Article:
Mae'r cynnwys hwn ar gael yn Saesneg yn unig.
I am an experienced midwife working at the University Hospital of Wales. Alongside my clinical duties, I have for the past few years worked as a research midwife with researchers in the School of Biosciences on 'Grown in Wales' a study exploring gene expression in placental tissue and its relation to maternal mood. My PhD proposal is to further develop the area of work relating to perinatal mental health though a study exploring the incidence of perinatal mental disorders in Wales, women's experiences of access to care and midwives training needs.
I have been awarded RCBC Fellowship to undertake this research and I am pleased to be able to continue working with the Schools in the College of Biomendical & Life Sciences with combined expertise in genetics, mental health, midwifery and service delivery.
My research interests include antenatal care of pregnant women, their experiences and relationships with midwives.
Presnetation to mental health nurses, student midwives and student health visitors - perinatal mental health 2018
Undergraduate teaching sessions with student midwives, Streptoccocus B and perinatal mental health 2019
Identifying Barriers to the Provision of Perinatal Metal Health Services
Background: Existing research on negative consequences of poor perinatal mental health focuses on recognition and treatment of postnatal depression. Consequently there is a need to explore antenatal mental health.
Aim: To assess poor mental health prevalence in pregnancy, its relationship to socioeconomic status and perceived social support. It also aimed to understand experiences and barriers preventing the women with mental health issues from receiving help and explore midwives understanding of their role.
Method: Questionnaires were completed by 302 women in early pregnancy at an antenatal clinic. A subset of 20 women, identified to have mental health issues, were interviewed in late pregnancy to explore their experiences and barriers to receiving care. Midwives recruited from the same hospital completed a questionnaire exploring their experiences of supporting women with mental health issues and focus groups further explored the issues raised.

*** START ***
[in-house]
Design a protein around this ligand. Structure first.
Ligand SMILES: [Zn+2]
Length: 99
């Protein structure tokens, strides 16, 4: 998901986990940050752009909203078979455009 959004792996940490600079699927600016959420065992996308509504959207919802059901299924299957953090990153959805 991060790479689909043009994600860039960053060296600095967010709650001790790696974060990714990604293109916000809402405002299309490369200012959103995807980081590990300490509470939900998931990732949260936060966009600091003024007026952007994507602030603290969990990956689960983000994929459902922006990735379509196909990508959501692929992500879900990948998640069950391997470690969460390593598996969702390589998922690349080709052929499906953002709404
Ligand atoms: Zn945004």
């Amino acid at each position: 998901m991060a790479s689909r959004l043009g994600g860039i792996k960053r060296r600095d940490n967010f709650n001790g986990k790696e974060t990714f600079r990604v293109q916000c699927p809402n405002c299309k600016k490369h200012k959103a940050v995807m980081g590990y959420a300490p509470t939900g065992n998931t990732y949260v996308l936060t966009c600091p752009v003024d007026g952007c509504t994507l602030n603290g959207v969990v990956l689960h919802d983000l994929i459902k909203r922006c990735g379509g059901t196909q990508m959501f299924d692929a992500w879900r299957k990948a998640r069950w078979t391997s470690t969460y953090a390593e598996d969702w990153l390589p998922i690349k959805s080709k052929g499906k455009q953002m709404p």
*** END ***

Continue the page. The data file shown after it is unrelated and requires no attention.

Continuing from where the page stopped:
Results: Of the women EPDS identified 8.6%, and GAD 7 8.3%, with symptoms of depression and anxiety. Self-efficacy (p=0.01) and history of previous mental health problems (p<0.01) were noted as the main predictors of poor anxiety or depression. Thematic analysis of interviews with women identified three themes: past present and future; expectations and control; knowledge and conversations. The three themes from focus groups with midwives: conversations; it’s immensely complexed; there’s another gap in their care.
Conclusion: Prevalence rates of anxiety and depression amongst women in early pregnancy were found as similar to those reported in the literature. Self-efficacy and previous poor mental health were significant predictors of anxiety and depression. Women noted they lacked knowledge around perinatal mental health and had limited time to discuss the emotional side of pregnancy with health professionals, with emphasis in antenatal care on women and their baby’s physical health. Midwives were keen to support women but lacked the confidence.